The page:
DIY BUNTING AND PAIRS GAME - ACTIVITIES FOR KIDS
As a parent to two boys, I'm often reluctant to go all out on themed bedrooms for them because they change their minds so often. One day they love trains, the next it's Lego. Batman is their ultimate hero only to be replaced with Princess Poppy from Trolls a week later. It's hard to keep up with their likes and dislikes. So when they ask for a certain type of room, I always take a step back and think about how I can loosely give them what they want without committing too much time and money.
For me, a neutral backdrop is nearly always the answer. I mostly paint rather than wallpaper walls (my five year old's bedroom is an exception, admittedly), buy good quality but plain furniture, and invest in clever storage. Instead, I use accessories and handmade touches to bring the theme to the forefront. If children can see something repeated two or three times, perhaps in the form of bedding, bunting and a bean bag, it gives them a sense of being in a themed bedroom even if everything else is quite plain.
As an example, how about a car themed room for all the cars, trucks and tractors enthusiasts out there?
You don't have to paint or paper the walls or buy special furniture, GLTC's 100% cotton On The Road duvet set is colourful and detailed enough to add real impact to a child's bedroom. There's a matching rug that also doubles up as a play mat and a similarly adorned storage cube, too.
For handmade touches, how about bunting and a card game? Yes? Well, here's a helping hand.
ON THE ROAD
Would you believe that you can use the same two templates for both? Well, you can, and you can download them at the bottom of this post. Simply print them out on a colour printer (card is better than standard paper) and cut out the squares. You might need to trim them down to make them all even - in these examples, I cut them up in to 9cm x 9cm squares.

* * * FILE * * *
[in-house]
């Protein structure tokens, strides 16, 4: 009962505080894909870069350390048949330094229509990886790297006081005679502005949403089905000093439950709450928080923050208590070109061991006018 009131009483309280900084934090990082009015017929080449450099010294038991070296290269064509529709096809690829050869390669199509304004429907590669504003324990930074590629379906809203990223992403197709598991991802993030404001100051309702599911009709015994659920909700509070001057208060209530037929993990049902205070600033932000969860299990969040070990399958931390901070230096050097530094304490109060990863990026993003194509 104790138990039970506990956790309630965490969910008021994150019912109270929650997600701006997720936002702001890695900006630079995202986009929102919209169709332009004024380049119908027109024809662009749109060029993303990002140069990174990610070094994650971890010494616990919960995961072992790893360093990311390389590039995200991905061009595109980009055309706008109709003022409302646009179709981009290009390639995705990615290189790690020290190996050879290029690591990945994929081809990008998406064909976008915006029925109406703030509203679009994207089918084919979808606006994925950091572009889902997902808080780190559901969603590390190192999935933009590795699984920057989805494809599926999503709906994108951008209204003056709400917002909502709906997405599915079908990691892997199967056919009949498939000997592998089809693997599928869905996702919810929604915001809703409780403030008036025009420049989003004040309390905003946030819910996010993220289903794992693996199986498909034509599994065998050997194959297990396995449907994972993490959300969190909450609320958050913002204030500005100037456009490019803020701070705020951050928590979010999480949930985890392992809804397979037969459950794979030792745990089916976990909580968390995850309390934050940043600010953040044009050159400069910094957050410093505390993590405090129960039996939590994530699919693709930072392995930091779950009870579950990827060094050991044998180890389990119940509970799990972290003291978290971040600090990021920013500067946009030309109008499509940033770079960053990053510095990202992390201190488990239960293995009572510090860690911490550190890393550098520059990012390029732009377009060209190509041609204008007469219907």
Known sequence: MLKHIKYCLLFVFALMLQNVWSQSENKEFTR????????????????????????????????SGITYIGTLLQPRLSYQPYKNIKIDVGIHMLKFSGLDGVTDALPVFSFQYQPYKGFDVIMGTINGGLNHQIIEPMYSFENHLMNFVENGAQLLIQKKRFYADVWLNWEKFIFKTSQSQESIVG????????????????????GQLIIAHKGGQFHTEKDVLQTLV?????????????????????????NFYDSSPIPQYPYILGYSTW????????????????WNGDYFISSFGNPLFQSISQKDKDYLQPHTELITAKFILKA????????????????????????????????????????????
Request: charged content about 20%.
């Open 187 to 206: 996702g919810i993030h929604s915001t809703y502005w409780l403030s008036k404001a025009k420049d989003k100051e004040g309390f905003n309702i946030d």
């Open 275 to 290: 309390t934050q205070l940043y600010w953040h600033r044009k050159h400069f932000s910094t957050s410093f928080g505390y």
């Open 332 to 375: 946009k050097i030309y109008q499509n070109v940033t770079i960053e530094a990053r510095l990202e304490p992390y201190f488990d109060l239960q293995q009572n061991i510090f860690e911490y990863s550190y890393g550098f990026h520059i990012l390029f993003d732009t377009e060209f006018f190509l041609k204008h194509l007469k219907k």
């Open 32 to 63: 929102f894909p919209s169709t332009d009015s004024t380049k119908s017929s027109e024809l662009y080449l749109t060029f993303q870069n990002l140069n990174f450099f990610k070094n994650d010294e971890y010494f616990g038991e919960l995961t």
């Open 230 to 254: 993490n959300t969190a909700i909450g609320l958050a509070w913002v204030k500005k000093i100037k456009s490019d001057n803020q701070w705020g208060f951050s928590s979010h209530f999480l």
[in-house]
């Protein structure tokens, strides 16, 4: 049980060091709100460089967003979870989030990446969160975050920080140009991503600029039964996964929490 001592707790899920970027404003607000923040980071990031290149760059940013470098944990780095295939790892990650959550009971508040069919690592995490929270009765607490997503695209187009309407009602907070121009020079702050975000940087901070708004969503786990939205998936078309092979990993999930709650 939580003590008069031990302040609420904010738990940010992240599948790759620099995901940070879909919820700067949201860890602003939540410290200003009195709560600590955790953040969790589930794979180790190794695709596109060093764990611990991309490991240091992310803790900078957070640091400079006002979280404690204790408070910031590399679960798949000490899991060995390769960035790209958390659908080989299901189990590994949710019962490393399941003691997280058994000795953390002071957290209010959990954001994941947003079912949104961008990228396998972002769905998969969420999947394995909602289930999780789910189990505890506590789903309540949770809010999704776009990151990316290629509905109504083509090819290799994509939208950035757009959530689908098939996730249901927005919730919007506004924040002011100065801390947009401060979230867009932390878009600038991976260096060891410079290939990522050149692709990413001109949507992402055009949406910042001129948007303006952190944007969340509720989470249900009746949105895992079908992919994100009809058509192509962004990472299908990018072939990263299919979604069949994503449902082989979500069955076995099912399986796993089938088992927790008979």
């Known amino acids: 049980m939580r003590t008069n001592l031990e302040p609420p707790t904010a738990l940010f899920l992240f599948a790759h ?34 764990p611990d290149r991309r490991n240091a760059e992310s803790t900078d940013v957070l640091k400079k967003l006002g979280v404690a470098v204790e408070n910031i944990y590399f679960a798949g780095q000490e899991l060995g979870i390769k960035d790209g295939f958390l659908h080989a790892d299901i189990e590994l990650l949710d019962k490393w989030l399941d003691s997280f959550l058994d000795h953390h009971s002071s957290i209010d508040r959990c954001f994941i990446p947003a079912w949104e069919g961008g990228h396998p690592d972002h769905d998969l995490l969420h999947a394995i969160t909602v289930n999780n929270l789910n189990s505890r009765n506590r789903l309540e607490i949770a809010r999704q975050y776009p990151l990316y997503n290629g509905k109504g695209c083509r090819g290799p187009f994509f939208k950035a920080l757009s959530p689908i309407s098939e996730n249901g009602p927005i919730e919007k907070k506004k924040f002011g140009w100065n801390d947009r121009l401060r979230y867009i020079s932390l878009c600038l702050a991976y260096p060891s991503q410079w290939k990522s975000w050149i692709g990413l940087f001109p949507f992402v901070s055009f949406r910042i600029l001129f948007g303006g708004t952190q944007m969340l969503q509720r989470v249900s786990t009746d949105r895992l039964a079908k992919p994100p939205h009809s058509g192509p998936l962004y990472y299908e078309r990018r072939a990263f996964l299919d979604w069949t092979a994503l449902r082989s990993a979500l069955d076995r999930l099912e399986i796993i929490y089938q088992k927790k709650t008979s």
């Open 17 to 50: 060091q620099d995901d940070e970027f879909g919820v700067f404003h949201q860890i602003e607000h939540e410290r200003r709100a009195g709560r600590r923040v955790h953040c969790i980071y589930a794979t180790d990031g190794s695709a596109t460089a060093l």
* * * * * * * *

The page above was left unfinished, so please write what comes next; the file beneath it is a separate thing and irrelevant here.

SEW YOUR OWN BUNTING
Making bunting is easy. If you have a sewing machine, all you need to do is decide on the order of your squares and guide them through the machine one after the other.
And then hang them.
Above the bed?
Or, on the wall?
If you have a small chain of lightweight card squares, washi tape is sufficient to hold them in place. For a long chain of heavier card, I'd suggest using command hooks.
If you don't have a sewing machine, punch a hole top right and top left of each square and thread cotton or string through to link all the squares together. You'll end up with a very similar look and feel.
SUPER SIMPLE PAIRS GAME
Print out two sets of the two templates and you'll end up with 24 squares to make up the perfect game of pairs. With half term on the horizon, why not have your child practice their fine motor skills and cut out the squares themselves before they start to play? If you use thick card, you could even use them for a game of snap, too!
ON THE ROAD TEMPLATES
Tempted to have a go? Right click on each of these images to save them for printing.
Share this post: